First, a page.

Learning how to prevent a migraine is technically an almost impossible task – nobody is entirely sure what causes one in the first place, so preventing them altogether is simply not possible. However, there are certain steps that can be taken to dramatically reduce the number of migraines you suffer with and the severity of the ones you can’t avoid.

Avoid your Triggers.

We looked here at a whole range of potential triggers for migraines. It stands to reason then that the first key to how to prevent a migraine is to avoid those triggers that have affected you in the past.

Whether it is not visiting smoky bars or making sure you follow a regular eating/ sleeping pattern, understanding the triggers that affect you most and taking active planning steps to avoid them is essential.

This is where effective use of your migraine diary, as discussed above, is absolutely essential.

Exercise.

Living a healthy and particularly a fit lifestyle will have a huge range of benefits including being less stressed and having a stronger body. Fitness is also connected to less incidence of migraine attacks.

Yoga.

In a trial by Kisan et al, yoga was tested with traditional migraine treatments against just the same treatments on their own. The result was that patients that did the yoga as well reported noticeably less severe migraines.

The Final Word –

To date, there is no known cure-all for migraines. However, if you learn what migraine triggers affect you, then you can take real steps to cutting down their frequency.

Furthermore, if you take some of the tips from our migraine relief section, then as soon as you start to recognise the oncoming of a migraine, then you can take further preventative action to reduce the impact as much as possible.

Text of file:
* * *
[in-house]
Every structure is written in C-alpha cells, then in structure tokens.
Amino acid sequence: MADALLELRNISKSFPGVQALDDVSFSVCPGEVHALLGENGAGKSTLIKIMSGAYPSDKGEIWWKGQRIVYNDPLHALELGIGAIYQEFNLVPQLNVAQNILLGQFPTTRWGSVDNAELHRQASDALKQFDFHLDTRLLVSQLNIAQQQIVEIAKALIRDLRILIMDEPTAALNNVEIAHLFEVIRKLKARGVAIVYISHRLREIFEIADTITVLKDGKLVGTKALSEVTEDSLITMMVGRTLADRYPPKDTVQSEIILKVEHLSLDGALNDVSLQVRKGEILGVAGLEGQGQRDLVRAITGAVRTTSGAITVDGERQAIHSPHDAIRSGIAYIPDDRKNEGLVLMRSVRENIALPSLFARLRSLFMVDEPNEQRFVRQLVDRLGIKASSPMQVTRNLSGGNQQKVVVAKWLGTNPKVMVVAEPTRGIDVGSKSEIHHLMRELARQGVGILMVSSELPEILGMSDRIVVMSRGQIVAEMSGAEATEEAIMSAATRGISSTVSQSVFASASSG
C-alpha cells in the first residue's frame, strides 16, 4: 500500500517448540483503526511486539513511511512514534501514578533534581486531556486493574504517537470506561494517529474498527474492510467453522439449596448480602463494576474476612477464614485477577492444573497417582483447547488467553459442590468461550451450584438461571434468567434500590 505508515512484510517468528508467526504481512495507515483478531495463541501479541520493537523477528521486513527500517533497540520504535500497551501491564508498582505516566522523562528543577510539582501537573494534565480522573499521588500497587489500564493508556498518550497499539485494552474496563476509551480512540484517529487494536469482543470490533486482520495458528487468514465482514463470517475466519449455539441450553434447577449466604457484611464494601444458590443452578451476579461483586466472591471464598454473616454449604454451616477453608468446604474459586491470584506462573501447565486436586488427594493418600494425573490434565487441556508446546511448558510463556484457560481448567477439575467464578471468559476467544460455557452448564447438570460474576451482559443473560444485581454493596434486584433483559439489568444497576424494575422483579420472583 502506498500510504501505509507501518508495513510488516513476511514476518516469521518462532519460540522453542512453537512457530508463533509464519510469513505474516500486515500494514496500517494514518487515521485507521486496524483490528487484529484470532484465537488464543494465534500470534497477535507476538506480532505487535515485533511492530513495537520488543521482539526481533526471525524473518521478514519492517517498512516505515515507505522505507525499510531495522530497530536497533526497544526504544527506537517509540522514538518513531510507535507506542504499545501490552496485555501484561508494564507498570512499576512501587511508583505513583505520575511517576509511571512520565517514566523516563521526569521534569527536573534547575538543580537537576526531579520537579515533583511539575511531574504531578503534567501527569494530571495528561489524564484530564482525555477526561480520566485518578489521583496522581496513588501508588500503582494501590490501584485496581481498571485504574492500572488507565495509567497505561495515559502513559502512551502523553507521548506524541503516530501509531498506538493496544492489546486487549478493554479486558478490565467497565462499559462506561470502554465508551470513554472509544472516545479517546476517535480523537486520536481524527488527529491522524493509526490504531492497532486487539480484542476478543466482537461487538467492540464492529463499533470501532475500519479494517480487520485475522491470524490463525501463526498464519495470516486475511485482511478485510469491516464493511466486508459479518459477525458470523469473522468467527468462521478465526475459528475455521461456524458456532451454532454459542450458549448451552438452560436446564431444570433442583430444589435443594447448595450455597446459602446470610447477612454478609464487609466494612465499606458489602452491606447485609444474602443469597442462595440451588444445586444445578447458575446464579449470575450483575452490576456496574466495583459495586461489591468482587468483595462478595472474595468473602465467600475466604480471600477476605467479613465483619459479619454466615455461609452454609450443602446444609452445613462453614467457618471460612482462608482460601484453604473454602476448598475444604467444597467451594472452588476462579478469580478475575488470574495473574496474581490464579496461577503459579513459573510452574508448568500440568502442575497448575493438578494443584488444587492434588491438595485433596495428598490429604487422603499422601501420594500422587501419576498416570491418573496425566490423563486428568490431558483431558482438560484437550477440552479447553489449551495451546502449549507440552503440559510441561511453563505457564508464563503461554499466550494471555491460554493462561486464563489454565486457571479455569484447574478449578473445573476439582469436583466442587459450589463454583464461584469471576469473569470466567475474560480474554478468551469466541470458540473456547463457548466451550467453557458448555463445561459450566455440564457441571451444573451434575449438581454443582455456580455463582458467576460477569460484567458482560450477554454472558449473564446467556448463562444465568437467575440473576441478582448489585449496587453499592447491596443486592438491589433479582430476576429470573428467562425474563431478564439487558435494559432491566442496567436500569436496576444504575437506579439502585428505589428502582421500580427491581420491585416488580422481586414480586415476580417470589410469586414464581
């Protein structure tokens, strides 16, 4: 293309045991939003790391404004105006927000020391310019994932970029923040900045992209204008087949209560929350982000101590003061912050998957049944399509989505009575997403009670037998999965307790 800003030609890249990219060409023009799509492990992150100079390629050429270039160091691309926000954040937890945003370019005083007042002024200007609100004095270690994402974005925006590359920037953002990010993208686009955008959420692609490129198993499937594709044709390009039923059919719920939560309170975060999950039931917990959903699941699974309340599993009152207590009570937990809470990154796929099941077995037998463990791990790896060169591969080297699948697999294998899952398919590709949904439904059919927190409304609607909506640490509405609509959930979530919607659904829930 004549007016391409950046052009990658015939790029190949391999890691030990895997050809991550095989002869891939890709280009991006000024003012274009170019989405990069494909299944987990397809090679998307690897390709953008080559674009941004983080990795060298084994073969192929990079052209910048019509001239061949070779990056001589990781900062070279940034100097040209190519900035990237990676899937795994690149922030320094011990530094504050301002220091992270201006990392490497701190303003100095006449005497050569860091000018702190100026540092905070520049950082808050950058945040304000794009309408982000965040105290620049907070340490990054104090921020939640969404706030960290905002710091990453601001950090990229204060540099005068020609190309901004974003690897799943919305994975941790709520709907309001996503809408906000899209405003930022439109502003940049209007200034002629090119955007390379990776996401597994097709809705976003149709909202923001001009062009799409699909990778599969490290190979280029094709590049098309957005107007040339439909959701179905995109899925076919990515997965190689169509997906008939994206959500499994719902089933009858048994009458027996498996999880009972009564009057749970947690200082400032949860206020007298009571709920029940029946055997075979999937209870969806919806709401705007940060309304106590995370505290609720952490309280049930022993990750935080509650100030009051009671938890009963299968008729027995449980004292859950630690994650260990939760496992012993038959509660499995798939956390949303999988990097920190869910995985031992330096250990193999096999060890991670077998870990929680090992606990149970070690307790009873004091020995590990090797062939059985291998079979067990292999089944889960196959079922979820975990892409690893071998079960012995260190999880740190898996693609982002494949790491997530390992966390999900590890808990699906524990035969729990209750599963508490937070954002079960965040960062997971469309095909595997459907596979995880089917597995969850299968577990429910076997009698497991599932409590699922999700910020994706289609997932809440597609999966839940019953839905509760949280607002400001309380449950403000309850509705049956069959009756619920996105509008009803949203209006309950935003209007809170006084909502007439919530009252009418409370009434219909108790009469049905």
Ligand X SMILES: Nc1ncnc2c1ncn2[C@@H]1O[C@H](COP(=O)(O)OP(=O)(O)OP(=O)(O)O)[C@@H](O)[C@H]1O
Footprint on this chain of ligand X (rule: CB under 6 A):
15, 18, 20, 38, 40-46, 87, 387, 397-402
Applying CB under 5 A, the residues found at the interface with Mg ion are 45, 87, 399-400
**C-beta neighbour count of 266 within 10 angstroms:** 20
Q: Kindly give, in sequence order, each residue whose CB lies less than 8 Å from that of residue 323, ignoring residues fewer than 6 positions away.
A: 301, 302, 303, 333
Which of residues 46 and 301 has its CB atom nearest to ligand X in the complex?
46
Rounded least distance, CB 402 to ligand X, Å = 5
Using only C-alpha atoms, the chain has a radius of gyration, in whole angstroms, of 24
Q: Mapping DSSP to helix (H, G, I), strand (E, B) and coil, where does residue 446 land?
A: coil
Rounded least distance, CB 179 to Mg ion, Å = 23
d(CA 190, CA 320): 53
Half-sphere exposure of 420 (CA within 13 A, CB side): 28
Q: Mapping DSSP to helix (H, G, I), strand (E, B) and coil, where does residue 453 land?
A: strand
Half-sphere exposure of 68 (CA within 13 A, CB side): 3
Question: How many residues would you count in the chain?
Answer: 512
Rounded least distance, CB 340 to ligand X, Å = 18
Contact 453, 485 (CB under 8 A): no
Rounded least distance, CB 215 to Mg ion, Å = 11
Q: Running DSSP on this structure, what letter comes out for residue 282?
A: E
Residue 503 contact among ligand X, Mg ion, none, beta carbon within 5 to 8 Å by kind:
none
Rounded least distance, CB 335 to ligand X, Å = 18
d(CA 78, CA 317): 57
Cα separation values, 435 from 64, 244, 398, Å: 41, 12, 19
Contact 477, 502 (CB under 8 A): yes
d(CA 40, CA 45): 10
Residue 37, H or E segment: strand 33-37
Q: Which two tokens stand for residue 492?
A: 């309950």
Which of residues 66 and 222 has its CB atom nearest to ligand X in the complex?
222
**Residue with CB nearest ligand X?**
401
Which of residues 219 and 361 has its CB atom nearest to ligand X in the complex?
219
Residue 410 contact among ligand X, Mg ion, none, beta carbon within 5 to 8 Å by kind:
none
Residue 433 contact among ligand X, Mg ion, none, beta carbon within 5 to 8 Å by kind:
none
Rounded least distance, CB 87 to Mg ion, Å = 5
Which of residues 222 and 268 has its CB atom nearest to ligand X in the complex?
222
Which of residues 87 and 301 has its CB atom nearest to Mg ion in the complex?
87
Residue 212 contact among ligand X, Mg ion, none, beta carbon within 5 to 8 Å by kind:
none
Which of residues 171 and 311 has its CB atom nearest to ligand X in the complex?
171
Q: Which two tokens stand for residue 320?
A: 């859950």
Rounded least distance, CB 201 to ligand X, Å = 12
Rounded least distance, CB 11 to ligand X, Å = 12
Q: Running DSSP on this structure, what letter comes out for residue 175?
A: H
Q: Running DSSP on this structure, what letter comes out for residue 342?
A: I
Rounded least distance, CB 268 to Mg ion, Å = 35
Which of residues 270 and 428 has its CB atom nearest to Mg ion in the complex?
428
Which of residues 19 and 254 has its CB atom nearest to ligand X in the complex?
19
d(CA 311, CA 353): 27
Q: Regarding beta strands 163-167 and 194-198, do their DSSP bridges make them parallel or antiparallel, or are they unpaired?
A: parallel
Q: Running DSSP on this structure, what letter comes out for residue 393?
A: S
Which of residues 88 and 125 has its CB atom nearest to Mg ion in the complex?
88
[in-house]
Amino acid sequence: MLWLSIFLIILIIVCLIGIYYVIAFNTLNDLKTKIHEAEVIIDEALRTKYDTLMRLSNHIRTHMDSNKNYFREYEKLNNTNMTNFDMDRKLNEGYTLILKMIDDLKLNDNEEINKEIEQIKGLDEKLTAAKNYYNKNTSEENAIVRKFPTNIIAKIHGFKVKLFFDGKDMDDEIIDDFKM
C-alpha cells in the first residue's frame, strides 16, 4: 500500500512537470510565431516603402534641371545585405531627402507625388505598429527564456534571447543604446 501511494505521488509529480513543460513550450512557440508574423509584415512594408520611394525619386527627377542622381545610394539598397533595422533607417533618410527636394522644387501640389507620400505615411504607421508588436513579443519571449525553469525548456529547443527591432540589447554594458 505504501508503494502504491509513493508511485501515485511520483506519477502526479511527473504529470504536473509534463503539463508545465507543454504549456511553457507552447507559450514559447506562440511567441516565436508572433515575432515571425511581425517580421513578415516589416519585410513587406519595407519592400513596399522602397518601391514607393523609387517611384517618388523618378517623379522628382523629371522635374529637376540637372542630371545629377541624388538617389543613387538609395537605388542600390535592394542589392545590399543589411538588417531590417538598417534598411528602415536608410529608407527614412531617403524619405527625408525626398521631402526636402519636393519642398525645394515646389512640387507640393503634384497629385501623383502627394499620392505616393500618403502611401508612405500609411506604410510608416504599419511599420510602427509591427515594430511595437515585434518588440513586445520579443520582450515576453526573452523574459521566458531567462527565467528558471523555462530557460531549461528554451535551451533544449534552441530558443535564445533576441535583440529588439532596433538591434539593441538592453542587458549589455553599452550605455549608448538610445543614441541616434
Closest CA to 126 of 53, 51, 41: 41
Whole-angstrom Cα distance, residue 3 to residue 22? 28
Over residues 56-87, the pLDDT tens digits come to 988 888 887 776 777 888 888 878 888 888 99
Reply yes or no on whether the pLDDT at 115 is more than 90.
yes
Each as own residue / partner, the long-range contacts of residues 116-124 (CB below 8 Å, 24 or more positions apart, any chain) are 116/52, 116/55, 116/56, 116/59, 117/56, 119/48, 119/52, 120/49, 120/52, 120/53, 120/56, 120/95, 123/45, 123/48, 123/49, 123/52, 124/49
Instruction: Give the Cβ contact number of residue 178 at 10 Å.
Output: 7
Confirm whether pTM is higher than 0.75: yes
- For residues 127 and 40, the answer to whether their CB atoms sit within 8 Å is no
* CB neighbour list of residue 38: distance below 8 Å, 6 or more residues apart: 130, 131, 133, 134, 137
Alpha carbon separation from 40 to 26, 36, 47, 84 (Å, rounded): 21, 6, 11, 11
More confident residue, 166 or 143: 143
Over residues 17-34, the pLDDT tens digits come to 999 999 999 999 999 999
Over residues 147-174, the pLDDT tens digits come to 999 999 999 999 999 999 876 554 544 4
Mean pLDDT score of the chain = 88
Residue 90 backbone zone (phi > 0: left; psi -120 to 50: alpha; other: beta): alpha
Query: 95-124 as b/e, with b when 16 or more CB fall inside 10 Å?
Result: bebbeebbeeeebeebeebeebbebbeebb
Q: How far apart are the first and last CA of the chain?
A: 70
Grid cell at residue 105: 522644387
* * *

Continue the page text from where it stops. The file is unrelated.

With both diligence beforehand and swift action at the first signs of a migraine, you might not be able to cut them out altogether, but you can certainly gain some migraine relief and reduce their impact of your quality of life.

Frequently Asked Questions

A migraine with ‘aura’ has been shown to create tiny ‘white spots’ on your brain, but no significant damage has been reported following migraines.

No – a lot of people assume chocolate is a trigger for their migraine because they crave it in the early stages. However, the truth is it is more likely that a low blood sugar level or dehydration is triggering your migraine and the thirst for chocolate is the bodies response. This is very different to chocolate being the actual cause. Indeed sometimes eating chocolate can actually help with reducing your symptoms.

In theory yes. CBD oil has not been officially tried with migraines, but it is very good at controlling the brain’s transmission of pain signals. So in summary, yes it should work.

Yes. Kidney failure is ultimately caused by kidney disease. Kidney disease is both a mjor reason for Gout AND something that can be caused by a blockage caused by a build-up of urate crystals. In this sense, the major contributor to Gout (urate crystals) can damage the kidneys – so Yes is the answer.

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References –

1. NHS England ‘Migraine Overview’. https://www.nhs.uk/conditions/migraine/
2. Sasannejad P, Saeedi M, Shoeibi A, Gorji A, Abbasi M, Foroughipour M. (April 17th 2012)  Lavender essential oil in the treatment of migraine headache: a placebo-controlled clinical trial. European Neurology.
3. Various. (Jan 2016). ‘Migraine and Diet’. The American Migraine Foundation.
4. Kisan R, Sujan M, Adoor M, Rao R, Nalini A, Kutty BM, Chindanda Murthy B, Raju T, Sathyaprabha T. (July 2014) Effect of Yoga on migraine: A comprehensive study using clinical profile and cardiac autonomic functions. International Journal Of Yoga